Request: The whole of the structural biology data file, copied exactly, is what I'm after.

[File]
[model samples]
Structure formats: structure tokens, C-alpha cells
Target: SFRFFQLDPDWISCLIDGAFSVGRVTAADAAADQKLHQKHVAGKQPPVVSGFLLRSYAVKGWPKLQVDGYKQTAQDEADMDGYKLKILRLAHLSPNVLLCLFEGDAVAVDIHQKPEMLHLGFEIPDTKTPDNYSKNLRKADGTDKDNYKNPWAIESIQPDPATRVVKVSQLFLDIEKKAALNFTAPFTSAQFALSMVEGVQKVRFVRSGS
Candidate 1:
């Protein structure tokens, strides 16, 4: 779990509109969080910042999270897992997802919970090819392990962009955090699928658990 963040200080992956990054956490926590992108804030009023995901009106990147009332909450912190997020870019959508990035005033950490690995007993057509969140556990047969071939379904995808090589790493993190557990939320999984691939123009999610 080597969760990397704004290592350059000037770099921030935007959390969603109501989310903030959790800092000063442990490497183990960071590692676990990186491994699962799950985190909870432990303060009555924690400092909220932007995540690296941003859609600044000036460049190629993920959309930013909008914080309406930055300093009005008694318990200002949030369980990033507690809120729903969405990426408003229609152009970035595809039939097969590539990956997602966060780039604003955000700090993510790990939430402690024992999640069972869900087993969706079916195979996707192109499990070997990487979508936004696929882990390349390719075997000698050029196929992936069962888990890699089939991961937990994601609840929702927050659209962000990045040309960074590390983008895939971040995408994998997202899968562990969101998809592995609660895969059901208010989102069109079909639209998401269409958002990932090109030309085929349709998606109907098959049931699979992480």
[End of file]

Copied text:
[model samples]
Structure formats: structure tokens, C-alpha cells
Target: SFRFFQLDPDWISCLIDGAFSVGRVTAADAAADQKLHQKHVAGKQPPVVSGFLLRSYAVKGWPKLQVDGYKQTAQDEADMDGYKLKILRLAHLSPNVLLCLFEGDAVAVDIHQKPEMLHLGFEIPDTKTPDNYSKNLRKADGTDKDNYKNPWAIESIQPDPATRVVKVSQLFLDIEKKAALNFTAPFTSAQFALSMVEGVQKVRFVRSGS
Candidate 1:
């Protein structure tokens, strides 16, 4: 779990509109969080910042999270897992997802919970090819392990962009955090699928658990 963040200080992956990054956490926590992108804030009023995901009106990147009332909450912190997020870019959508990035005033950490690995007993057509969140556990047969071939379904995808090589790493993190557990939320999984691939123009999610 080597969760990397704004290592350059000037770099921030935007959390969603109501989310903030959790800092000063442990490497183990960071590692676990990186491994699962799950985190909870432990303060009555924690400092909220932007995540690296941003859609600044000036460049190629993920959309930013909008914080309406930055300093009005008694318990200002949030369980990033507690809120729903969405990426408003229609152009970035595809039939097969590539990956997602966060780039604003955000700090993510790990939430402690024992999640069972869900087993969706079916195979996707192109499990070997990487979508936004696929882990390349390719075997000698050029196929992936069962888990890699089939991961937990994601609840929702927050659209962000990045040309960074590390983008895939971040995408994998997202899968562990969101998809592995609660895969059901208010989102069109079909639209998401269409958002990932090109030309085929349709998606109907098959049931699979992480």